The effort to keep Westminster Choir College intact and on its Princeton campus as Rider University seeks a buyer for the institution received a boost this week, as former New Jersey Governor Thomas Kean Sr. stepped up as an honorary chairman of the movement.

Westminster Choir College Professor James Jordan presents some of the recent research about the science of the human voice and how it can be applied to choral singing and teaching in the new book, The Anatomy of Tone, written together with some of his colleagues, and this week on A Tempo (Saturday 7 pm), host Rachel Katz will chat with him about some of these findings. Jordan will also discuss two of his other upcoming books - The Conductor as Prism, and Inside the Choral Rehearsal.

Sounds Choral: May 28 - The Mystic Trumpeter

May 28, 2017

It's a very special Sounds Choral this Sunday as host Marjorie Herman focuses on a work by conductor and composer Anthony Maglione and his magnificent setting of verses by Walt Whitman called The Mystic Trumpeter. Join Marjorie for this work and insightful conversation with the composer about how such a work comes to be.

When Linda Grenis was diagnosed with breast cancer, one of the things that kept her going following surgery and through treatment was her yoga class. 

Two and a half years later, Grenis stands in tree pose on a yoga mat midstage with several dancers from Roxey Ballet, re-enacting that experience through music in an upcoming production of We Vs C: Personal Stories of Triumph, which weaves together the words, stories and emotions of 22 survivors through music, art and dance.

Music schools and conservatories face constant challenges, from attracting students and offering relevant curricula to seeking out funding to support their endeavors. This week on A Tempo (5/13), host Rachel Katz takes a look at an upcoming leadership conference sponsored by the Eastman School of Music at the University of Rochester, featuring a roundtable with some of the conference participants: Jamal J.

This week on A Tempo, host Rachel Katz interviews Theodore Ziolkowski, Princeton Professor Emeritus of German and Comparative Literature, about his new book, "Music into Fiction" (Boydell and Brewer). The book explores the relationship between the musical and literary arts as displayed by figures such as Robert Schumann, ETA Hoffman and Anthony Burgess, and also examines literary works whose structures were based on musical forms, or featured a musical work as its main theme.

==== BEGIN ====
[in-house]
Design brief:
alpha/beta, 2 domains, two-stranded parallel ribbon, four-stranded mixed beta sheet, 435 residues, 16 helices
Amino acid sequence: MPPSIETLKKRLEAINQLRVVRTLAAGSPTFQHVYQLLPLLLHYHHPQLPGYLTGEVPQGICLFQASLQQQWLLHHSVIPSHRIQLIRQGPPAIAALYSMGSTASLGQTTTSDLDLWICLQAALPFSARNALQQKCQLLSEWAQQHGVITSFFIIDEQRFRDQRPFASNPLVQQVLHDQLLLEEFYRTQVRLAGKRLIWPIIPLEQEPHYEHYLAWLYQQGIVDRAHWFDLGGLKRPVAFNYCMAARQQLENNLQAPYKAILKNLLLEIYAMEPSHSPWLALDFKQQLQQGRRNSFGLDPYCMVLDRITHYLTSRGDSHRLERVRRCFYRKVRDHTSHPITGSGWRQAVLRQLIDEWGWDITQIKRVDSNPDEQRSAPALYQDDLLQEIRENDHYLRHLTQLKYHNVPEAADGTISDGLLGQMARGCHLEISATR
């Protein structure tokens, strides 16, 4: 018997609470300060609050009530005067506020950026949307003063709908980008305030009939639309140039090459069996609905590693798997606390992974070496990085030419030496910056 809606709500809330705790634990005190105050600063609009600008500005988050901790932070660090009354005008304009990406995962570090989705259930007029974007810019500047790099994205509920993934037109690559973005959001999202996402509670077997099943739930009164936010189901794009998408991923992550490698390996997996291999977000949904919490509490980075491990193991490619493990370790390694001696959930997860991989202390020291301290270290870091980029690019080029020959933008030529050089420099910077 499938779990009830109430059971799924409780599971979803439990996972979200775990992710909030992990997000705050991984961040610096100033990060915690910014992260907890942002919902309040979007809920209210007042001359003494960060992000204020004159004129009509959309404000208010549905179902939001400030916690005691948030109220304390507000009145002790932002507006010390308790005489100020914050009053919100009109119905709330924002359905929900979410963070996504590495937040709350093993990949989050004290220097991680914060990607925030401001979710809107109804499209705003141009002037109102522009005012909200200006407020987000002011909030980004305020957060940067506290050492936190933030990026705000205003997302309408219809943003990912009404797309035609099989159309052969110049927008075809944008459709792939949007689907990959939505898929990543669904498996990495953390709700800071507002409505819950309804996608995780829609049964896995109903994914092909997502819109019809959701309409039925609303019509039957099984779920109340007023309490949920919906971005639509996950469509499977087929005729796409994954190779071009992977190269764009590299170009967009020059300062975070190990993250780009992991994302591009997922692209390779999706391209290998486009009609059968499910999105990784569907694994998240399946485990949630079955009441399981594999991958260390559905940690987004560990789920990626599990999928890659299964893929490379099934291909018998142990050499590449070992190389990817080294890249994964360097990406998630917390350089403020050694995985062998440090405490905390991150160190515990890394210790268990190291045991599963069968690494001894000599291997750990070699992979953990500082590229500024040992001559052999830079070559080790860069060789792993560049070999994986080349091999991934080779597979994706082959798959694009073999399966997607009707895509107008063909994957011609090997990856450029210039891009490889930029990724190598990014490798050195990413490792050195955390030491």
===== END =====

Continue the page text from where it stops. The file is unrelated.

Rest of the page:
Cadenza programs in May are featuring great conductors leading top American orchestras. This Thursday (5/25) the series concludes with an interview with Angel Gil Ordonez, music director of PostClassical Ensemble in Washington DC, Principal Guest Conductor of New York’s Perspectives Ensemble, and Music Director of the Georgetown University Orchestra in DC. That's Thursday at 10 pm.

Cadenza: Gail Archer

Apr 27, 2017

Join Dr. Lewis Baratz and his guests cornettist, Nathaniel Cox and early bassoonist, Allen Hamrick, both considered rising stars of the early music world, as they discuss their journey into the realm of historical performance.  

Click here to listen to Cadenza

Click here to listen to February 24, 2017 broadcast of Music from the Institute of Advanced Study featuring Evan Ziporyn and the Galak Tika Gamelan Orchestra

The Philadelphia Orchestra's 2017-2018 season includes a crowd-sourced project called Philadelphia Voices, a Leonard Bernstein centenary and more. A Tempo host Rachel Katz interviews Jeremy Rothman, the orchestra's vice president of artistic planning.

This week's show also includes the week's news highlights and an interview with New Jersey Symphony Orchestra President and CEO Gabriel van Aalst about the role NEA funding plays in its programming and community engagement programs.